The objective of this course is to enable students to critically compare the methods and conclusion of the falāsifah and kalām theologians. The primary text is Nashr al-ţawāli¢, the commentary of Muĥammad b. Abū Bakr al-Mar¢ashī (also known as Sājiqlīzādah, d. 1145/1732) on ¢Abd Allāh Bayđāwī’s (d. 716/1316) Ţawāli¢ al-anwār min maţāli¢ al-anżār. The course covers the four chapters of the introduction, along with eleven chapters in book 1 of the text. After examining the author’s introduction, concerned with epistemology and logical reasoning, students use the methodology adopted by the mutakallimūn to systematically investigate what is known as general ontology (al-umūr al-¢āmmah), such as classification of things known, existence and non-existence, quiddity, necessity and possibility, eternity and temporality, singularity/multiplicity, and causality. Following that, students explore the sections on accidents and substances, as well as relevant topics in theology.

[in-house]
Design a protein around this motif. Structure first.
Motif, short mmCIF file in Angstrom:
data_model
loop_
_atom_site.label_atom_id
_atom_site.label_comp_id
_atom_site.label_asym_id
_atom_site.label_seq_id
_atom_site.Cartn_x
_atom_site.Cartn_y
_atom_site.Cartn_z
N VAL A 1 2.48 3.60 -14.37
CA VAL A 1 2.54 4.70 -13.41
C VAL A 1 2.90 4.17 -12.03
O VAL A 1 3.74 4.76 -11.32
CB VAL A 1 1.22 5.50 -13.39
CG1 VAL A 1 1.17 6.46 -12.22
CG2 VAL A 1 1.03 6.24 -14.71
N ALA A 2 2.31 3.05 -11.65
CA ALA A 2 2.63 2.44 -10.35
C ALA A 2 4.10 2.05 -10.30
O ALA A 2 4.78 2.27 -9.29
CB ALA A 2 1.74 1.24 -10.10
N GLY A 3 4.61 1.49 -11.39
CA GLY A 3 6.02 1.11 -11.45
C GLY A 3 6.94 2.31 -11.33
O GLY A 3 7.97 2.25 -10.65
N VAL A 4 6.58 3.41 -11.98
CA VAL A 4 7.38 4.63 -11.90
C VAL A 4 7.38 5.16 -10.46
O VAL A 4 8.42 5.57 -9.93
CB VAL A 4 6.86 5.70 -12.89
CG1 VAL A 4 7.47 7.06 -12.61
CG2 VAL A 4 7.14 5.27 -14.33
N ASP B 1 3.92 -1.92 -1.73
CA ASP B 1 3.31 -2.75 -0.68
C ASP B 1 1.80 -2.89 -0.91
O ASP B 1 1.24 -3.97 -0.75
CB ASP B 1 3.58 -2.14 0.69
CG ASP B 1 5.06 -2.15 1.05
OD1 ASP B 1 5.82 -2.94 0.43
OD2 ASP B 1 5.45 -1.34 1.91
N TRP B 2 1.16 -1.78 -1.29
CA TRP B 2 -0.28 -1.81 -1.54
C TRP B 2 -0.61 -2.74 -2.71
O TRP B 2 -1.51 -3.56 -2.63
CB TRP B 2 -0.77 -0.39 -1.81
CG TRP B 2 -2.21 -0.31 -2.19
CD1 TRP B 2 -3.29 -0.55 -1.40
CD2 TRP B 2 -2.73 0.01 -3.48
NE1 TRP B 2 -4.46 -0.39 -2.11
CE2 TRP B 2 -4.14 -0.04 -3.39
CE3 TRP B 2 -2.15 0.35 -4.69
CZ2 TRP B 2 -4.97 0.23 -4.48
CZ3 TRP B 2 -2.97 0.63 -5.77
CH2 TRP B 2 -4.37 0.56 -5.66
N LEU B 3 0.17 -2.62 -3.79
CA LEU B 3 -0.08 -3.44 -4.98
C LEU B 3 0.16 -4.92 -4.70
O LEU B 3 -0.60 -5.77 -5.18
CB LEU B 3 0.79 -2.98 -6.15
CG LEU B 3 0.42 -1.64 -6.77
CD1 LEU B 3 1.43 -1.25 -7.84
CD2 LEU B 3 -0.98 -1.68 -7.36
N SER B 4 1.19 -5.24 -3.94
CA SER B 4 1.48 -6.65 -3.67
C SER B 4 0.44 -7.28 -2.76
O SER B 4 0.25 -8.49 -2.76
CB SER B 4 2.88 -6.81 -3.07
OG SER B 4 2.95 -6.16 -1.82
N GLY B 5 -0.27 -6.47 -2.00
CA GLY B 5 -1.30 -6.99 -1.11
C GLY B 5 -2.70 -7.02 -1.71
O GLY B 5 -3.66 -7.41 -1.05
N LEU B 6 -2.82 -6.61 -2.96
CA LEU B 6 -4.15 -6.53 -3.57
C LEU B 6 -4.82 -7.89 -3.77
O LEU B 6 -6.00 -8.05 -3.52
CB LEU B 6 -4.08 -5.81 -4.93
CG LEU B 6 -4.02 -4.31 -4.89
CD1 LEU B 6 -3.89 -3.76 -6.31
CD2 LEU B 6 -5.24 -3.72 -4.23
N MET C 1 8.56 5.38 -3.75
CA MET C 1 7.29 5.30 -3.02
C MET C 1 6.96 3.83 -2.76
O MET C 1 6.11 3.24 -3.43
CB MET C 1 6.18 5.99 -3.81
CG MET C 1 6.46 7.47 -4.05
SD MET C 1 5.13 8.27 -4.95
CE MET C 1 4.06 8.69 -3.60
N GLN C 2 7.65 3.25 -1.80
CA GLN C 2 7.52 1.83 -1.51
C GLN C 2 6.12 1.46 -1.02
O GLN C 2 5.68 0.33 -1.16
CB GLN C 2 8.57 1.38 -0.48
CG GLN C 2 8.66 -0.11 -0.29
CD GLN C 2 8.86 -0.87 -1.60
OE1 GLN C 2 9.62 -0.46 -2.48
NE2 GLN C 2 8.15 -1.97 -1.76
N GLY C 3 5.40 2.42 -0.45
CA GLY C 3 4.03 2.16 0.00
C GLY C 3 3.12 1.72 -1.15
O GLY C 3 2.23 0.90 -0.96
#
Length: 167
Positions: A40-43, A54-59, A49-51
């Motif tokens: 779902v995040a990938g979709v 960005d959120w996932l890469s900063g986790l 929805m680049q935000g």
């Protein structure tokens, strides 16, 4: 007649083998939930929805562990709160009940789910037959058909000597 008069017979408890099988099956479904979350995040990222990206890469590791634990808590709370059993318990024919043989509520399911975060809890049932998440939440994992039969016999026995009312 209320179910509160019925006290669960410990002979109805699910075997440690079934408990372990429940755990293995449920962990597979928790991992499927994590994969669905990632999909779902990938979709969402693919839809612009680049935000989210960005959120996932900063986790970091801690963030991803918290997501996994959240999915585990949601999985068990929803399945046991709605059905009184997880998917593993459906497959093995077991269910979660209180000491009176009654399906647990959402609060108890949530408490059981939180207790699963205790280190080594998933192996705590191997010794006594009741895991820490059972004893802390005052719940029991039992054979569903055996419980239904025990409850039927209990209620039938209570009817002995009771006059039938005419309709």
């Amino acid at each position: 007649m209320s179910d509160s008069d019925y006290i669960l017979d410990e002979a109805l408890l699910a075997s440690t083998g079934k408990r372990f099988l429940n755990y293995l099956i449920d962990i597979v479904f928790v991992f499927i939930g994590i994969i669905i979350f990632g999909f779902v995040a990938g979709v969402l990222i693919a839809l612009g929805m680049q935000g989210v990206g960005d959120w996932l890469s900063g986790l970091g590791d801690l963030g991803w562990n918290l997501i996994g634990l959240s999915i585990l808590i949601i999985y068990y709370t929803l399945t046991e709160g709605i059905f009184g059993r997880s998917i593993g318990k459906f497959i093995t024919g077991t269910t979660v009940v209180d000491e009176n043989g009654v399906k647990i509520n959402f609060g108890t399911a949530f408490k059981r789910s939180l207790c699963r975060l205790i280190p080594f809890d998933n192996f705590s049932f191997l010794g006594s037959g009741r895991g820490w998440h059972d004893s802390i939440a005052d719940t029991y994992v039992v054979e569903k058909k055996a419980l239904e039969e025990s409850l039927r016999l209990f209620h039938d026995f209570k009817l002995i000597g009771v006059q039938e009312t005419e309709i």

This course serves as an introduction to the fundamental concepts of the Peripatetic school of Islamic philosophy (falsafah). Al-Fārābī and Ibn Sīnā are two of the major figures influencing the development and growth of falsafah and have left lengthy and difficult works in this field. Texts have been composed that serve as teaching tools for the major doctrines the Peripatetic school. One of the most prominent texts of the Muslim scholastic tradition is Hidāyat al-ĥikmah (Guide to Philosophy), by Athīr al-Dīn al-Mufađđal al-Abharī (d. 1265), a student of Fakhr al-Dīn al-Rāzī (d. 1210). This serves as the main text. Topics investigated focus on physics (al-ţabī¢iyyāt) and metaphysics (al-ilāhiyyāt). This course also prepares students for advanced kalām theology textual studies in the program. The course provides students with (1) the technical terminology and (2) the methodology adopted by the Peripatetic school.